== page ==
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Rural Working-Class Archbishops Come Out In Droves To Welcome Trump To Vatican

VATICAN CITY—Arriving in their dusty pickup trucks from as far away as the dioceses of Oria and Locri-Gerace to express their support for a leader who they say embodies their interests and defends their way of life, droves of rural working-class archbishops reportedly poured into St. Peter’s Square today to greet U.S. president Donald Trump during his visit to the Vatican.

Rookie First Baseman Nervous To Chat With Baserunners

ATLANTA—Noting how important it is to make a good first impression, Pittsburgh Pirates rookie first baseman Josh Bell told reporters before Tuesday’s game against the Atlanta Braves that he’s still nervous about chatting with opposing baserunners.

What Is Trump Hiding?

As The Onion’s 300,000 staffers in its news bureaus and manual labor camps around the world continue to pore through the immense trove of documents obtained from an anonymous White House source, the answers that are emerging to these questions are deeply unnerving and suggest grave outcomes for the American people, the current international order, Wolf Blitzer, four of the five Great Lakes, and most devastatingly, the nation’s lighthouses and lighthouse keepers.

Deep Blue Quietly Celebrates 10th Anniversary With Garry Kasparov’s Ex-Wife

PITTSBURGH—Red wine and candlelight on the table before them, Deep Blue, the supercomputer that defeated reigning world chess champion Garry Kasparov in 1997, and Kasparov’s ex-wife, Yulia Vovk, quietly celebrated their 10th anniversary on Wednesday at a small French restaurant near Carnegie Mellon University, where Deep Blue was created.
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'Midwest' Discovered Between East And West Coasts

NEW YORK—A U.S. Geological Survey expeditionary force announced Tuesday that it has discovered a previously unknown and unexplored land mass between the New York and California coasts known as the "Midwest."

The Geological Survey team discovered the vast region while searching for the fabled Midwest Passage, the mythical overland route passing through the uncharted area between Ithaca, NY, and Bakersfield, CA.

"I long suspected something was there," said Franklin Eldred, a Manhattan native and leader of the 200-man exploratory force. "I'd flown between New York and L.A. on business many times, and the unusually long duration of my flights seemed to indicate that some sort of large area was being traversed, an area of unknown composition."

The Geological Survey explorers left the East Coast three weeks ago, embarking on a perilous journey to the unknown. Not long after crossing the Adirondack Mountains, Eldred and his team were blazing trails through strange new regions, wild lands full of corn and wheat.

"Thus far we have discovered places known as Michigan, Minnesota and Wisconsin," said Randall Zachary, chief navigator for the expedition. "When translated from the local dialect into English, these words seem to mean 'summer camp.'"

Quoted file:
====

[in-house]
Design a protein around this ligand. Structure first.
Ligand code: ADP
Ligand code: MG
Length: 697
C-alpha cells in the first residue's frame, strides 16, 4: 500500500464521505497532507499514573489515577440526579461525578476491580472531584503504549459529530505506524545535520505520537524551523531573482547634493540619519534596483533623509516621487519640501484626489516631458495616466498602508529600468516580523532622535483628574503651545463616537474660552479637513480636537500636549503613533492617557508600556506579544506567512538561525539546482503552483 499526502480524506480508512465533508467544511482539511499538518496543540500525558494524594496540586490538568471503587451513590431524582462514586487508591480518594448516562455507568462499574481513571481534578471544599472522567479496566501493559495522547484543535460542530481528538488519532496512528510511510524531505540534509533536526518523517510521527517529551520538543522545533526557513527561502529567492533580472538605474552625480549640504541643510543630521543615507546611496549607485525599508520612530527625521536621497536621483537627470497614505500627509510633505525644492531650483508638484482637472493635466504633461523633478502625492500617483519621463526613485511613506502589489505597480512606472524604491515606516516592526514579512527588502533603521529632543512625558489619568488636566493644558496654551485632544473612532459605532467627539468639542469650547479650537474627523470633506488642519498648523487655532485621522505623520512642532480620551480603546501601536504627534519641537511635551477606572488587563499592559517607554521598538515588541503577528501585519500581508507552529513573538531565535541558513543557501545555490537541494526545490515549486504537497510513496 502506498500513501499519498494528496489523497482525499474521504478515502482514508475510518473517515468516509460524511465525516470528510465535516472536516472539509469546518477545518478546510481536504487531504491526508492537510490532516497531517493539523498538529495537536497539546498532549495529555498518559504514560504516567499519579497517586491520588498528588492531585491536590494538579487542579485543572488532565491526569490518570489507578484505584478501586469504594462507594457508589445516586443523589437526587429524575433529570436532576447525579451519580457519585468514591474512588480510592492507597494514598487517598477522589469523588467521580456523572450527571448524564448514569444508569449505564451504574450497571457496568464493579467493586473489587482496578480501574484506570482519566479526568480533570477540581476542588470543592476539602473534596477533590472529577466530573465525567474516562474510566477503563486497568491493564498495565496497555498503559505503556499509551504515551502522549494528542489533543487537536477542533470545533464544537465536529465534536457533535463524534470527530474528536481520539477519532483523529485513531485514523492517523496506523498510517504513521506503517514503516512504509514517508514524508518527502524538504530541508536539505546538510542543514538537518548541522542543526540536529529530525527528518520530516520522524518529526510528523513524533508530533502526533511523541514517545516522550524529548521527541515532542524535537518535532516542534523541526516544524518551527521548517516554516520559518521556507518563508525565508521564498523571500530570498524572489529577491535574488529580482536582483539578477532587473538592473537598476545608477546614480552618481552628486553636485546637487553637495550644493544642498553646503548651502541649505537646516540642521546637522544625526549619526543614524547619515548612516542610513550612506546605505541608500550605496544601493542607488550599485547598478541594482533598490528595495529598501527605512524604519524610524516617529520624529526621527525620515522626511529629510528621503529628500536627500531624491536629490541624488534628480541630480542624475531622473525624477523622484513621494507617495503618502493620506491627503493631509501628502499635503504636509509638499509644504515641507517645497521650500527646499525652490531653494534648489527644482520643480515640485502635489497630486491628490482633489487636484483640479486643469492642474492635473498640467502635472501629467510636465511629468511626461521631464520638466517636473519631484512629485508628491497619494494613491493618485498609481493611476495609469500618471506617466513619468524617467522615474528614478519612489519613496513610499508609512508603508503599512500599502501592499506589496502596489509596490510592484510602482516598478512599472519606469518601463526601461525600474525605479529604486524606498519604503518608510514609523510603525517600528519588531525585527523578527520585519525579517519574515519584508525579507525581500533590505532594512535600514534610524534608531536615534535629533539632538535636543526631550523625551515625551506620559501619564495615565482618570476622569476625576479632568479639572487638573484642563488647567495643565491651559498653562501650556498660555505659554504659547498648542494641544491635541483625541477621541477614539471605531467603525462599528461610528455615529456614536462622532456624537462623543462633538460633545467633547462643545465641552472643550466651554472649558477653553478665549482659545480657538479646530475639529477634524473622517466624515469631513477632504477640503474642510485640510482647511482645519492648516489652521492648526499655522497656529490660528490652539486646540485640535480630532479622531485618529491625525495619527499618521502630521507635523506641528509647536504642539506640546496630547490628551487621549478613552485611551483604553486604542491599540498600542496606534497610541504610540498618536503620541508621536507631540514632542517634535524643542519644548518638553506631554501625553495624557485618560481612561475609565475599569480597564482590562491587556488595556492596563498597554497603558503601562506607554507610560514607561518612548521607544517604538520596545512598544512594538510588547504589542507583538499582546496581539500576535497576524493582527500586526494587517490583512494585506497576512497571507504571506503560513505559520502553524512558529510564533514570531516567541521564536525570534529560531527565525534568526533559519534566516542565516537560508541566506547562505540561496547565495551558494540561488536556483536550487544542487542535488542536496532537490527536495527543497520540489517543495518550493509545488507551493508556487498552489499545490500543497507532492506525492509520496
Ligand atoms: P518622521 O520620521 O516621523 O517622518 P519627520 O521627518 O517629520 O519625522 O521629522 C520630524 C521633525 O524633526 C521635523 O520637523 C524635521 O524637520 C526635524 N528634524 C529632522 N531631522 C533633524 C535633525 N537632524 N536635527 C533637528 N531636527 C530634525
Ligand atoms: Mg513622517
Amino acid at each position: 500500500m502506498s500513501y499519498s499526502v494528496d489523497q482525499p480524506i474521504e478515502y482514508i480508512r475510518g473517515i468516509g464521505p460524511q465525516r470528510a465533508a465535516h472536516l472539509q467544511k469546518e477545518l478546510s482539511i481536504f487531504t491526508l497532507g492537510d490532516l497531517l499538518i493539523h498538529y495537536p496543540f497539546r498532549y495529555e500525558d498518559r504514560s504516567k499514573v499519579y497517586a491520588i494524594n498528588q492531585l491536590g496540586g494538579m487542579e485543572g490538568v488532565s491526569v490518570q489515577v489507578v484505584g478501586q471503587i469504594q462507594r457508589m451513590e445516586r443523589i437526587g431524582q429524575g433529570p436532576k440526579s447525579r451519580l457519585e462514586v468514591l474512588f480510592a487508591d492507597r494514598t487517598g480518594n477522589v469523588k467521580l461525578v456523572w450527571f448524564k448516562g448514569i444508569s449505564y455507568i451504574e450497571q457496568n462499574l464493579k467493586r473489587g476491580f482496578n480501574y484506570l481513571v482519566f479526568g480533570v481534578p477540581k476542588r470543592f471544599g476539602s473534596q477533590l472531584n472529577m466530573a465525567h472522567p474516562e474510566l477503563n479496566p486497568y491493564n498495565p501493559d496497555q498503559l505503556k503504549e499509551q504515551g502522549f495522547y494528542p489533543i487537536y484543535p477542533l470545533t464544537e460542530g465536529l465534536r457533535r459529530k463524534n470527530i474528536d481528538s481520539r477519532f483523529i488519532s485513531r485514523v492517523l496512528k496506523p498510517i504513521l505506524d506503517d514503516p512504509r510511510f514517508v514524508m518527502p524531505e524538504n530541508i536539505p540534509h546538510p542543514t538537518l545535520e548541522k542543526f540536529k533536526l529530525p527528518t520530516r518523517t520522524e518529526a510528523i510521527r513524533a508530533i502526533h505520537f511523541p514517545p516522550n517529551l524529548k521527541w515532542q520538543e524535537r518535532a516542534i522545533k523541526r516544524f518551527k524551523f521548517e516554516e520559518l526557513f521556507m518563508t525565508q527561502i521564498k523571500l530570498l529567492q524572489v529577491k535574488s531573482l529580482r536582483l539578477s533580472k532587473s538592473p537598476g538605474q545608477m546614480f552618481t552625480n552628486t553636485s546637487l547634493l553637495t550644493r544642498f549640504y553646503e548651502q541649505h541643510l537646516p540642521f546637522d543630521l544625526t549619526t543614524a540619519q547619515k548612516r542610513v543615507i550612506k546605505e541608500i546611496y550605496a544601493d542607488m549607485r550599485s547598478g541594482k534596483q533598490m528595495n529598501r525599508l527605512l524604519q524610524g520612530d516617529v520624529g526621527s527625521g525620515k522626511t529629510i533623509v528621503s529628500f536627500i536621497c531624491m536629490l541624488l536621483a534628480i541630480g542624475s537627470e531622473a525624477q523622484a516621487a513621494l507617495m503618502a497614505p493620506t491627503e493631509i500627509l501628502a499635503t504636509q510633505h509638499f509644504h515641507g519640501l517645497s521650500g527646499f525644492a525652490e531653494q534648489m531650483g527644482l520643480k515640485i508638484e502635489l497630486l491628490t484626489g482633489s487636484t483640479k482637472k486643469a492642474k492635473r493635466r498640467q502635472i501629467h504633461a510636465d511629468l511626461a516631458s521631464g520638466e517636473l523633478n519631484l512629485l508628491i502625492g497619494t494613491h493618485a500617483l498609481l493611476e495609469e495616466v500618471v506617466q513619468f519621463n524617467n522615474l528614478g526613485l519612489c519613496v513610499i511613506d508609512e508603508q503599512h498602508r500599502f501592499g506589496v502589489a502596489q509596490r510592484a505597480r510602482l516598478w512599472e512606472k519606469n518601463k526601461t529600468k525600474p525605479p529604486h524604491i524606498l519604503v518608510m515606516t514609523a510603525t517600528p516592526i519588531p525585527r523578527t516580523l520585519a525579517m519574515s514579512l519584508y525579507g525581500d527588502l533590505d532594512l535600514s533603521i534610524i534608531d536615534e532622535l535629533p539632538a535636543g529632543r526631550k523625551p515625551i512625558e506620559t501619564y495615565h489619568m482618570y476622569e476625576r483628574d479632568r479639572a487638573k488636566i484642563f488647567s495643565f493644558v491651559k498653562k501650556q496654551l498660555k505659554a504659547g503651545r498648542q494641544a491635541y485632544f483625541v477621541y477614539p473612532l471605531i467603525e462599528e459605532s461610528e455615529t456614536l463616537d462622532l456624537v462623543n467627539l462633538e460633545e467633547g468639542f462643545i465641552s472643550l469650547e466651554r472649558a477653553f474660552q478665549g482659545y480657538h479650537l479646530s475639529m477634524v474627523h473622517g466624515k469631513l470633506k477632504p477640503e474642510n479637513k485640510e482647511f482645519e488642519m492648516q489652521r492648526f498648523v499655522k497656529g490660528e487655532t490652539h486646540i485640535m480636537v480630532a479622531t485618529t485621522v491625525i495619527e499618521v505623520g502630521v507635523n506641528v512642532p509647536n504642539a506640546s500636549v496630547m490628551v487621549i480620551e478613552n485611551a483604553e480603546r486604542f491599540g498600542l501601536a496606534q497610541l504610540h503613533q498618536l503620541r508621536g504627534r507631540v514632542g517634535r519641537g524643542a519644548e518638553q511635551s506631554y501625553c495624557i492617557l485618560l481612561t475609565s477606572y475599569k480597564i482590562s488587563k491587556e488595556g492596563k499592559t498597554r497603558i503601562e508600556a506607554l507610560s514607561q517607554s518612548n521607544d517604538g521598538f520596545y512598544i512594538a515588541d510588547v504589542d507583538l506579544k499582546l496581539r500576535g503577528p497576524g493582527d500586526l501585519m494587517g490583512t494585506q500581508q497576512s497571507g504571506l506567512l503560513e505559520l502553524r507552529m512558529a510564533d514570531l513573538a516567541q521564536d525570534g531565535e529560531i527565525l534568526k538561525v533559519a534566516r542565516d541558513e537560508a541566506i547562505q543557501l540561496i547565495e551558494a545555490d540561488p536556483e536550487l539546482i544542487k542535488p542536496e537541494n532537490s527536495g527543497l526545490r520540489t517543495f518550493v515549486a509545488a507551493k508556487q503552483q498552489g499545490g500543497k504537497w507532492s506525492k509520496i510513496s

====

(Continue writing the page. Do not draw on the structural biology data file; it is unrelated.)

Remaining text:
Eldred and the others were surprised to learn that the Midwest, whose inhospitable environment was long believed to be incapable of supporting human life, is indeed populated, albeit sparsely.

"The Midwestern Aborigines are ruddy, generally heavy-set folk, clad in plain, non-designer costumery," Eldred said. "They tend to live in simple, one-story dwellings whose interiors are decorated with Hummels and 'Bless This House' needlepoint wall-hangings. And though coarse and unattractive, these simple people were rather friendly, offering us quaint native fare such as 'hotdish' and 'casserole.'"

Though the Midwest territory is still largely unexplored, early reports describe a region as backwards as it is vast. "Many of the basic aspects of a civilized culture appear to be entirely absent," said Gina Strauch, a Los Angeles-based anthropologist. "There is no theater to speak of, and their knowledge of posh restaurants is sketchy at best. Further, their agricentric lives seem to prevent them from pursuing high fashion to any degree, and, as a result, their mode of dress is largely restricted to sweatpants and sweatshirts, the women's being adorned with hearts and teddy bears and the men's with college-football insignias."

Despite the Midwesterners' considerable cultural backwardness, some say the establishment of relations with them is possible.

"Believe it or not, this region may have things to offer us," said Jonathan Ogleby, a San Francisco-area marketing expert. "We could construct an airport there, a place where New Yorkers could switch planes on their way to California. We could stage revivals of old Broadway musicals there. Perhaps we could even one day conduct trade with the Midwesterners, offering them electronic devices in exchange for meats and agriculture."

Others, however, are not so optimistic about future relations. "We must remember that these people are not at all like us," Conde Nast publisher and Manhattan socialite Lucille Randolph Snowdon said. "They are crude and provincial, bewildered by our tall buildings and our art galleries, our books and our coffee shops. For an L.A. resident to attempt to interact with one of them as he or she would with, say, a Bostonian is ludicrous. It appears unlikely that we will ever be able to conduct a genuine exchange of ideas with them about anything, save perhaps television or 'the big game.'"

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